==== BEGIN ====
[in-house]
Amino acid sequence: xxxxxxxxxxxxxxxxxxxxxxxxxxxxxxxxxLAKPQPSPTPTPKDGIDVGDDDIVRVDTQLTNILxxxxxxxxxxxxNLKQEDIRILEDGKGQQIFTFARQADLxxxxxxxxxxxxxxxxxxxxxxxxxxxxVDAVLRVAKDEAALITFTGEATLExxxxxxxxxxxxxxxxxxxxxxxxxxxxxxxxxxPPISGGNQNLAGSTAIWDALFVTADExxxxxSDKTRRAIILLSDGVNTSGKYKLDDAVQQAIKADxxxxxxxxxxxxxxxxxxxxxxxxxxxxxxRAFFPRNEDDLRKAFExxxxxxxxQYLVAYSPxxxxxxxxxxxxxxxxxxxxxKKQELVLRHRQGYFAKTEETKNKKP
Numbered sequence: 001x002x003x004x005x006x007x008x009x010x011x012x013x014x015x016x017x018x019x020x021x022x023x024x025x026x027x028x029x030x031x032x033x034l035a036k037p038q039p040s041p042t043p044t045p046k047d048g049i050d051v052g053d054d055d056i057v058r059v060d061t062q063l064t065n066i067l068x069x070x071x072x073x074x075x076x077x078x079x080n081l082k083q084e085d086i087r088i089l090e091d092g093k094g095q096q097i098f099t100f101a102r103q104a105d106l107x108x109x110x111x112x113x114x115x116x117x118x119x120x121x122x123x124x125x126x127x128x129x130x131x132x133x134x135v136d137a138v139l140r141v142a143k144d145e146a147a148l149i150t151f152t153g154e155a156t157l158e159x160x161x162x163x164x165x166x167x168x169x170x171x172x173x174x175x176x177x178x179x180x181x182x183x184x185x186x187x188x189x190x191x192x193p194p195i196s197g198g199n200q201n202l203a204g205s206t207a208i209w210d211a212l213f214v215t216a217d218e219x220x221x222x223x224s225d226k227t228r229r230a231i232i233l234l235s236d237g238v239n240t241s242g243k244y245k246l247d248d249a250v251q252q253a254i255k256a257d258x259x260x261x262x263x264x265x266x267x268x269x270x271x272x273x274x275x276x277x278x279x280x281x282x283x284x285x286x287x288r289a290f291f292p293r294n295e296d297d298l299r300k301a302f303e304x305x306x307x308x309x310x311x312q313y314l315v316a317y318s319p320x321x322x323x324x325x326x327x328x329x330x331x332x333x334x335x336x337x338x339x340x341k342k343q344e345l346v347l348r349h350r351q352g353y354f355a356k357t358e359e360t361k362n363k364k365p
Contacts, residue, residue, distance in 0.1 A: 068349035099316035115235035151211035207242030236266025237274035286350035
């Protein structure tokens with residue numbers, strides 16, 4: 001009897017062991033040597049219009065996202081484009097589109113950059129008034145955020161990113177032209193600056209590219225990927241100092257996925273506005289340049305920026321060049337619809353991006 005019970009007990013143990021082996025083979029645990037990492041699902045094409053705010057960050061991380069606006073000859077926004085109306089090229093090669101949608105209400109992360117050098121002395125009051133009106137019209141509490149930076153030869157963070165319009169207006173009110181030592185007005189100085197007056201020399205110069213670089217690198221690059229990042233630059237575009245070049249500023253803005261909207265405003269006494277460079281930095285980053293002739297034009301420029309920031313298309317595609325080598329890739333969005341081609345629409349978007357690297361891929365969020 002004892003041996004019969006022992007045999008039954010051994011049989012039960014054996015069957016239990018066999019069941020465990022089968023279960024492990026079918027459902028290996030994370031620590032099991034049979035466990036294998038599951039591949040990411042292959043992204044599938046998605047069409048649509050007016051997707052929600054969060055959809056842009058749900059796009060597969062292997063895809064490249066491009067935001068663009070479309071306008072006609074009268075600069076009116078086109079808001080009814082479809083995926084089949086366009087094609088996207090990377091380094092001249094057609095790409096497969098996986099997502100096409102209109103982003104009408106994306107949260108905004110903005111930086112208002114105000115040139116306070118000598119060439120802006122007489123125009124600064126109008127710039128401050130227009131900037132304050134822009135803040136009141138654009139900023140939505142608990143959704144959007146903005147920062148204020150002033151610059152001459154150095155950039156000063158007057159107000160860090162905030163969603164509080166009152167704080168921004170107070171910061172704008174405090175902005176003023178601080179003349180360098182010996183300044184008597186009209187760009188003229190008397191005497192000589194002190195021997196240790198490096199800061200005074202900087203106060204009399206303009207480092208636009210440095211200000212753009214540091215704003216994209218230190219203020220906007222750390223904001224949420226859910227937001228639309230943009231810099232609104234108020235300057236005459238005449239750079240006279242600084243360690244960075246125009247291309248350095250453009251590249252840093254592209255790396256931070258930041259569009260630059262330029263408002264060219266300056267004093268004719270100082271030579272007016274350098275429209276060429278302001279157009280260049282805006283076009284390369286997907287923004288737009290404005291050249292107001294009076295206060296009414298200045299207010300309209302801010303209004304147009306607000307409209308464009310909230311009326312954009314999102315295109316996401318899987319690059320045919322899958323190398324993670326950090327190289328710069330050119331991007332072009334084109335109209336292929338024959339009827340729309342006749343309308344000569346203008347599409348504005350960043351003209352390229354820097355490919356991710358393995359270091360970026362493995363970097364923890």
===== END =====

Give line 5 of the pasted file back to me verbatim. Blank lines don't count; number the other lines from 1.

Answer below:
């Protein structure tokens with residue numbers, strides 16, 4: 001009897017062991033040597049219009065996202081484009097589109113950059129008034145955020161990113177032209193600056209590219225990927241100092257996925273506005289340049305920026321060049337619809353991006 005019970009007990013143990021082996025083979029645990037990492041699902045094409053705010057960050061991380069606006073000859077926004085109306089090229093090669101949608105209400109992360117050098121002395125009051133009106137019209141509490149930076153030869157963070165319009169207006173009110181030592185007005189100085197007056201020399205110069213670089217690198221690059229990042233630059237575009245070049249500023253803005261909207265405003269006494277460079281930095285980053293002739297034009301420029309920031313298309317595609325080598329890739333969005341081609345629409349978007357690297361891929365969020 002004892003041996004019969006022992007045999008039954010051994011049989012039960014054996015069957016239990018066999019069941020465990022089968023279960024492990026079918027459902028290996030994370031620590032099991034049979035466990036294998038599951039591949040990411042292959043992204044599938046998605047069409048649509050007016051997707052929600054969060055959809056842009058749900059796009060597969062292997063895809064490249066491009067935001068663009070479309071306008072006609074009268075600069076009116078086109079808001080009814082479809083995926084089949086366009087094609088996207090990377091380094092001249094057609095790409096497969098996986099997502100096409102209109103982003104009408106994306107949260108905004110903005111930086112208002114105000115040139116306070118000598119060439120802006122007489123125009124600064126109008127710039128401050130227009131900037132304050134822009135803040136009141138654009139900023140939505142608990143959704144959007146903005147920062148204020150002033151610059152001459154150095155950039156000063158007057159107000160860090162905030163969603164509080166009152167704080168921004170107070171910061172704008174405090175902005176003023178601080179003349180360098182010996183300044184008597186009209187760009188003229190008397191005497192000589194002190195021997196240790198490096199800061200005074202900087203106060204009399206303009207480092208636009210440095211200000212753009214540091215704003216994209218230190219203020220906007222750390223904001224949420226859910227937001228639309230943009231810099232609104234108020235300057236005459238005449239750079240006279242600084243360690244960075246125009247291309248350095250453009251590249252840093254592209255790396256931070258930041259569009260630059262330029263408002264060219266300056267004093268004719270100082271030579272007016274350098275429209276060429278302001279157009280260049282805006283076009284390369286997907287923004288737009290404005291050249292107001294009076295206060296009414298200045299207010300309209302801010303209004304147009306607000307409209308464009310909230311009326312954009314999102315295109316996401318899987319690059320045919322899958323190398324993670326950090327190289328710069330050119331991007332072009334084109335109209336292929338024959339009827340729309342006749343309308344000569346203008347599409348504005350960043351003209352390229354820097355490919356991710358393995359270091360970026362493995363970097364923890």